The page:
caudex

[kaw-deks]
noun, plural caudices [kaw-duh-seez] , caudexes. Botany.
1.
the main stem of a tree, especially a palm or tree fern.
2.
the woody or thickened persistent base of an herbaceous perennial.

Origin:
1820–30; < Latin: tree trunk; cf. codex

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Collins
World English Dictionary
caudex (ˈkɔːdɛks)
 
n , pl -dices, -dexes
1.  the thickened persistent stem base of some herbaceous perennial plants
2.  the woody stem of palms and tree ferns
 
[C19: from Latin]

Collins English Dictionary - Complete & Unabridged 10th Edition
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American Heritage
Science Dictionary
caudex   (kô'děks')  Pronunciation Key 
  1. The thickened, usually underground base of the stem of many perennial herbaceous plants, from which new leaves and flowering stems arise.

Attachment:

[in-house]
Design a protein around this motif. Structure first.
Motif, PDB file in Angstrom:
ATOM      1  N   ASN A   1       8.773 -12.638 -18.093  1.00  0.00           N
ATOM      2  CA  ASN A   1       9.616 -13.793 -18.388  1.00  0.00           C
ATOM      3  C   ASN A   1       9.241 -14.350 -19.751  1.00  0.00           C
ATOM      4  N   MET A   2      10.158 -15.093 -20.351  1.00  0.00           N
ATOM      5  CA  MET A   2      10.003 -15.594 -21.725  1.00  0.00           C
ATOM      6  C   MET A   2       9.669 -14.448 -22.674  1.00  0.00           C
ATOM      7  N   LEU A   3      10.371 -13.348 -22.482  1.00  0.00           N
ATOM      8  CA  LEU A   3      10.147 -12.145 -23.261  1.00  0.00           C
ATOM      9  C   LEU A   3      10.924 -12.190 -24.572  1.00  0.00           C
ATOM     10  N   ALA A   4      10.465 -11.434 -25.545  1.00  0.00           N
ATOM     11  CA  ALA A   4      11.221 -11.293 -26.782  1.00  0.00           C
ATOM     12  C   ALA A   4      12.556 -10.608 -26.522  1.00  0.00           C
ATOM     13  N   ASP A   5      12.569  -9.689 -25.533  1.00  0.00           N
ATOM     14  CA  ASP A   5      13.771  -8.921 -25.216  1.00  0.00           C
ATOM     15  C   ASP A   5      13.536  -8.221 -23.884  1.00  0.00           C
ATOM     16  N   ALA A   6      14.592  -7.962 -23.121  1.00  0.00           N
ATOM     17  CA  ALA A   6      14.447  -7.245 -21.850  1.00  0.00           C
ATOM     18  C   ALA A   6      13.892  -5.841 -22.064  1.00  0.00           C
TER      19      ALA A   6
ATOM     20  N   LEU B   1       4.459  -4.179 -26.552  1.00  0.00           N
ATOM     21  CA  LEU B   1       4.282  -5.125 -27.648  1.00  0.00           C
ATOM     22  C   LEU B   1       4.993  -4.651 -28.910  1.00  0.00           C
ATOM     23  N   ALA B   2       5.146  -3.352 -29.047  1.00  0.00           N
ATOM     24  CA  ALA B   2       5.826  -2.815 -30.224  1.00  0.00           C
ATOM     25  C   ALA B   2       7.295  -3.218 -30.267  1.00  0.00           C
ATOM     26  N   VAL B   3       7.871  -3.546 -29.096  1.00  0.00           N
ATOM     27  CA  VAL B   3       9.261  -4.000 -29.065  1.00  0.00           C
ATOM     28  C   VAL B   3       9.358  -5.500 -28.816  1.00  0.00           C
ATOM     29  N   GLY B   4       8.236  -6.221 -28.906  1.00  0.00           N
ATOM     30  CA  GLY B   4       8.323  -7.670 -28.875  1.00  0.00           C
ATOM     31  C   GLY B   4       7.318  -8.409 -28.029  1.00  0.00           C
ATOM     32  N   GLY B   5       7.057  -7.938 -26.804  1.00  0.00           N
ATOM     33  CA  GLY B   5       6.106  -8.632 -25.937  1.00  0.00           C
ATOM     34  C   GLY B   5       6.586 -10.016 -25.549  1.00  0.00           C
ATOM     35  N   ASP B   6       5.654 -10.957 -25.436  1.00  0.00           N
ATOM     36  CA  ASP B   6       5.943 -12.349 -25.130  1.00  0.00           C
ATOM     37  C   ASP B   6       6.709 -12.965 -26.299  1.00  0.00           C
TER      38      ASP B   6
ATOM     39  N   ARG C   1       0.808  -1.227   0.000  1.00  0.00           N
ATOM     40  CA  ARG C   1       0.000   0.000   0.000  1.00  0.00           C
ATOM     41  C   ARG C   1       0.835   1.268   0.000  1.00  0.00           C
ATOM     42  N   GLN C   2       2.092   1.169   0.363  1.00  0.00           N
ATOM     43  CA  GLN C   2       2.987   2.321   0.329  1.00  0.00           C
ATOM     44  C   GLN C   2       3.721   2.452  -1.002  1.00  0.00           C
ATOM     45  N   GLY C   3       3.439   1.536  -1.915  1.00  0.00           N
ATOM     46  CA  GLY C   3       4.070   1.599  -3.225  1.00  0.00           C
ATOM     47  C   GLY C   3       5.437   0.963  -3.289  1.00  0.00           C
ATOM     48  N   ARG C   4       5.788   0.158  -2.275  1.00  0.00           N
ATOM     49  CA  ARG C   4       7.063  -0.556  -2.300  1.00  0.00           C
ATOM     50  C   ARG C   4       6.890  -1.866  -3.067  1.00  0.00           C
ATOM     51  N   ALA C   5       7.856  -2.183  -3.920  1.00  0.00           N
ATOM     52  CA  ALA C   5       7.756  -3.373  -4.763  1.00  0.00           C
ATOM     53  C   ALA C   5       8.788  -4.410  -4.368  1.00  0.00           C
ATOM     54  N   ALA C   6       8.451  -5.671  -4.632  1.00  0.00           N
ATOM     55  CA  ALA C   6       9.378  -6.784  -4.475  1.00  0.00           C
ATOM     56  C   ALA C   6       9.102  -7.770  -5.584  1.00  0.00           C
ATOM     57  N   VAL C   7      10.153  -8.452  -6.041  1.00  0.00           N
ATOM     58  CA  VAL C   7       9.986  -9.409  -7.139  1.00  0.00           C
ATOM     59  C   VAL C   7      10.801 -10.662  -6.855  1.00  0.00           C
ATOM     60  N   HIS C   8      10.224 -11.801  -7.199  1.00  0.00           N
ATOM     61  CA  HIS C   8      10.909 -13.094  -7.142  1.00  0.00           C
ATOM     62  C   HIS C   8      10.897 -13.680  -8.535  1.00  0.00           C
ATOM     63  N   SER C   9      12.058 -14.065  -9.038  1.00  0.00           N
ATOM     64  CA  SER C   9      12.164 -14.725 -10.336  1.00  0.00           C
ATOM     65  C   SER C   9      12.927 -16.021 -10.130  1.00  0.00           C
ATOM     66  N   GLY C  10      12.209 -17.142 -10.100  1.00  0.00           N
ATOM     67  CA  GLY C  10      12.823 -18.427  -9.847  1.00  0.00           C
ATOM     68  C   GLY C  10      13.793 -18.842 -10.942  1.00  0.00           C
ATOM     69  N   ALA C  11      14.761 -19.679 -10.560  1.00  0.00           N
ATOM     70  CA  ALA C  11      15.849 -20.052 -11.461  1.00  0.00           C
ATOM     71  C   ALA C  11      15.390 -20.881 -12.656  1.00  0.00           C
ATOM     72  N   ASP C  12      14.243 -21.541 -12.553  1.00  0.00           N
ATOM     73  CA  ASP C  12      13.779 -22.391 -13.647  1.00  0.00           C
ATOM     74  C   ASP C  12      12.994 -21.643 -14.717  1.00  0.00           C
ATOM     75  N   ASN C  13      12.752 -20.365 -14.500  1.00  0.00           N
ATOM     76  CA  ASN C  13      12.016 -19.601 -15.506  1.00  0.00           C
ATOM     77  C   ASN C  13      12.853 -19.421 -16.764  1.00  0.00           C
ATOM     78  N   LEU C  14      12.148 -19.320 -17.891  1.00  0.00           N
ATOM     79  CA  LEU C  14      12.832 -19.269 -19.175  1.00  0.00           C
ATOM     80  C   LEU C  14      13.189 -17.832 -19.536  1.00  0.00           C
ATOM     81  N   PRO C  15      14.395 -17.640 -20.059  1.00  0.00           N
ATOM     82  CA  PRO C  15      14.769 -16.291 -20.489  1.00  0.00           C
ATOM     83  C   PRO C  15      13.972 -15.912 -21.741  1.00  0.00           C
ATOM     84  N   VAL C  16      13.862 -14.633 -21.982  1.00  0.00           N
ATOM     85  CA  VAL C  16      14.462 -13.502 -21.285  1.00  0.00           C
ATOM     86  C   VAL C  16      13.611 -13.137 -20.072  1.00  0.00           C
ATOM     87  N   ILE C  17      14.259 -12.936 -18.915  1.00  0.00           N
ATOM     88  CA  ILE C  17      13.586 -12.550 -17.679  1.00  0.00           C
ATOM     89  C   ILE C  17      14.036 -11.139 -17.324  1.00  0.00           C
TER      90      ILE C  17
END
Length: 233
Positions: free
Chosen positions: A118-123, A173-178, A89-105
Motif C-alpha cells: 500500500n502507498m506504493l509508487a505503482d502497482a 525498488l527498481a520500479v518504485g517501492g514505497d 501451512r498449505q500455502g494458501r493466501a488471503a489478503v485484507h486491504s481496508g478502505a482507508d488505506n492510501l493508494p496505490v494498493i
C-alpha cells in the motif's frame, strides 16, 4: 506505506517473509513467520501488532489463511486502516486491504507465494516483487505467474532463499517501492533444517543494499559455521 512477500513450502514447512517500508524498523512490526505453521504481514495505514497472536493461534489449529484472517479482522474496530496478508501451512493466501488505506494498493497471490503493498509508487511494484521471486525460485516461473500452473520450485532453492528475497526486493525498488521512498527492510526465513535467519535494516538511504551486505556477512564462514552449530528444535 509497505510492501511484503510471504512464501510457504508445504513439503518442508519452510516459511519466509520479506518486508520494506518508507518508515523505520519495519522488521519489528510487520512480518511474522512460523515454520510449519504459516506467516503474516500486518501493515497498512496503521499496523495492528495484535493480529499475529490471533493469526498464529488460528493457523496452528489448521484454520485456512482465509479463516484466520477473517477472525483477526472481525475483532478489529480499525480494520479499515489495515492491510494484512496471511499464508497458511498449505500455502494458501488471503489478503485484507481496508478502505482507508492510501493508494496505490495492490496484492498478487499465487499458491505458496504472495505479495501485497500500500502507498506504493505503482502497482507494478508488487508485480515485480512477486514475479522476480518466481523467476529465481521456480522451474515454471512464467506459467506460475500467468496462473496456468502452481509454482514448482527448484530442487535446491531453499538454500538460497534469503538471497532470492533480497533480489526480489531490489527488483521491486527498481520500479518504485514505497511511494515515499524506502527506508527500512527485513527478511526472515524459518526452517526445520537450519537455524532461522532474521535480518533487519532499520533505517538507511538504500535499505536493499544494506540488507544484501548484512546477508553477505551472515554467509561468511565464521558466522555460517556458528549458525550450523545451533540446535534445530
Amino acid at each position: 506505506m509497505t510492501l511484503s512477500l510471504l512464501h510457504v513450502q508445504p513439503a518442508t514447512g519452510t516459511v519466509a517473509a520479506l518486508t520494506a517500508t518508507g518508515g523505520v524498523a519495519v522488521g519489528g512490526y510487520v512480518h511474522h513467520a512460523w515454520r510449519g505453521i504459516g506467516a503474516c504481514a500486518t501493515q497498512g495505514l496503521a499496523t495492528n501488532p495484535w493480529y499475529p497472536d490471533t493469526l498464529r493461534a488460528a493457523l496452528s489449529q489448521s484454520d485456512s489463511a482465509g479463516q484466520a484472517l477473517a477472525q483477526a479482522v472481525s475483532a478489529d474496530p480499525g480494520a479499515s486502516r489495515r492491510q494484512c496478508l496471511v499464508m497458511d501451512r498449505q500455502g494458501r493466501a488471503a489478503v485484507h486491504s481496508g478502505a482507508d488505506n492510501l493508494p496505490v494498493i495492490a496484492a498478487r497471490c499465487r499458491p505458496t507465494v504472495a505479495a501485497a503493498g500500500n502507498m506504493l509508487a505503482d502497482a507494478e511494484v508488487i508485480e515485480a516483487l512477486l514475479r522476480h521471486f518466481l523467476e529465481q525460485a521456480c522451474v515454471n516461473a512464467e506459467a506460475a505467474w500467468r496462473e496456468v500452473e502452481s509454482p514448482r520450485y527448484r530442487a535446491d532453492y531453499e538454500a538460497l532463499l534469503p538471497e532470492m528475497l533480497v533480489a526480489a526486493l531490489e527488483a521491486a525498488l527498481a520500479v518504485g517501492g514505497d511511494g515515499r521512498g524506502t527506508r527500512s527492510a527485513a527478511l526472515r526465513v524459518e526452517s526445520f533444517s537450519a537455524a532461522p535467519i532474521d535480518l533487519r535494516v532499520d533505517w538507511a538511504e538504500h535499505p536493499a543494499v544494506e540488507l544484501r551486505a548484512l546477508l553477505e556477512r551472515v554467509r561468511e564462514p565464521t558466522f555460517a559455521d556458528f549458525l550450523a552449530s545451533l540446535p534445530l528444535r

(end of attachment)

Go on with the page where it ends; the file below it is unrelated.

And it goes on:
2. The trunk of a palm or tree fern.


The American Heritage® Science Dictionary
Copyright © 2002. Published by Houghton Mifflin. All rights reserved.
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Example sentences
Tine-leaved milk-vetch is a coarse perennial with a woody taproot below a
  subsurface woody caudex.
Clammy ground cherry is perennial from a deeply buried caudex.
Slender locoweed is perennial from a heavy taproot topped by a knobby
  underground crown called a caudex.
Each year new shoots form along the edges of the woody caudex.
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